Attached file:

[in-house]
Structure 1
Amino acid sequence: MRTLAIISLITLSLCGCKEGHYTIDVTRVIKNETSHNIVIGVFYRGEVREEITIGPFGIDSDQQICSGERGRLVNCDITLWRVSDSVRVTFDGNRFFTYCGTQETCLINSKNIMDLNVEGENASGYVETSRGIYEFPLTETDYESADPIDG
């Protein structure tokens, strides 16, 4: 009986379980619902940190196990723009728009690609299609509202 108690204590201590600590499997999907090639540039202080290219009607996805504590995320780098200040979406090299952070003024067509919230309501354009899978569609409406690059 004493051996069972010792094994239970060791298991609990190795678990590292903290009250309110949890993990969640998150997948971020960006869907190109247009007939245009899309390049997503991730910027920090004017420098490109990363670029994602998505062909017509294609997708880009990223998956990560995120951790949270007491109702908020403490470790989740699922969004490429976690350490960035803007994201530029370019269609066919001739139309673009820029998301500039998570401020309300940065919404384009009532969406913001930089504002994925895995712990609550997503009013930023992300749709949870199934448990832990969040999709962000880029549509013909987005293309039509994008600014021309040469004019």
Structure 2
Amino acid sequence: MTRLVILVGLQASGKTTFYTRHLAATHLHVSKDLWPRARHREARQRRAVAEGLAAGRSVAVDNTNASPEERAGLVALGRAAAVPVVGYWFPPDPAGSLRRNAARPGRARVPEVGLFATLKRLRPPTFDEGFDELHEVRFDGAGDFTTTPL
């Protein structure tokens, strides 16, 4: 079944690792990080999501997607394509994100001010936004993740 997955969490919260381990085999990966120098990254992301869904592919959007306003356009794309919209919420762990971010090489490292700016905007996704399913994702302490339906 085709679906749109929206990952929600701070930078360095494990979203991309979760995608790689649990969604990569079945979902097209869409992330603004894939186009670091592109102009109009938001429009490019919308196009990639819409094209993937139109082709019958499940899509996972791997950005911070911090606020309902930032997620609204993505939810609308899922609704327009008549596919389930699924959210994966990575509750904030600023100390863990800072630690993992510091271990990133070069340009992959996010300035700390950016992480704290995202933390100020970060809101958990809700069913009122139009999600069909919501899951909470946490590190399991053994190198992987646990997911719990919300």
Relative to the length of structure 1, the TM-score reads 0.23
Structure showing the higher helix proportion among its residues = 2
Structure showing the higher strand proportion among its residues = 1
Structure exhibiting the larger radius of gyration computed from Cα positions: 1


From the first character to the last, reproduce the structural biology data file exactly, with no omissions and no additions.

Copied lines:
[in-house]
Structure 1
Amino acid sequence: MRTLAIISLITLSLCGCKEGHYTIDVTRVIKNETSHNIVIGVFYRGEVREEITIGPFGIDSDQQICSGERGRLVNCDITLWRVSDSVRVTFDGNRFFTYCGTQETCLINSKNIMDLNVEGENASGYVETSRGIYEFPLTETDYESADPIDG
């Protein structure tokens, strides 16, 4: 009986379980619902940190196990723009728009690609299609509202 108690204590201590600590499997999907090639540039202080290219009607996805504590995320780098200040979406090299952070003024067509919230309501354009899978569609409406690059 004493051996069972010792094994239970060791298991609990190795678990590292903290009250309110949890993990969640998150997948971020960006869907190109247009007939245009899309390049997503991730910027920090004017420098490109990363670029994602998505062909017509294609997708880009990223998956990560995120951790949270007491109702908020403490470790989740699922969004490429976690350490960035803007994201530029370019269609066919001739139309673009820029998301500039998570401020309300940065919404384009009532969406913001930089504002994925895995712990609550997503009013930023992300749709949870199934448990832990969040999709962000880029549509013909987005293309039509994008600014021309040469004019």
Structure 2
Amino acid sequence: MTRLVILVGLQASGKTTFYTRHLAATHLHVSKDLWPRARHREARQRRAVAEGLAAGRSVAVDNTNASPEERAGLVALGRAAAVPVVGYWFPPDPAGSLRRNAARPGRARVPEVGLFATLKRLRPPTFDEGFDELHEVRFDGAGDFTTTPL
């Protein structure tokens, strides 16, 4: 079944690792990080999501997607394509994100001010936004993740 997955969490919260381990085999990966120098990254992301869904592919959007306003356009794309919209919420762990971010090489490292700016905007996704399913994702302490339906 085709679906749109929206990952929600701070930078360095494990979203991309979760995608790689649990969604990569079945979902097209869409992330603004894939186009670091592109102009109009938001429009490019919308196009990639819409094209993937139109082709019958499940899509996972791997950005911070911090606020309902930032997620609204993505939810609308899922609704327009008549596919389930699924959210994966990575509750904030600023100390863990800072630690993992510091271990990133070069340009992959996010300035700390950016992480704290995202933390100020970060809101958990809700069913009122139009999600069909919501899951909470946490590190399991053994190198992987646990997911719990919300």
Relative to the length of structure 1, the TM-score reads 0.23
Structure showing the higher helix proportion among its residues = 2
Structure showing the higher strand proportion among its residues = 1
Structure exhibiting the larger radius of gyration computed from Cα positions: 1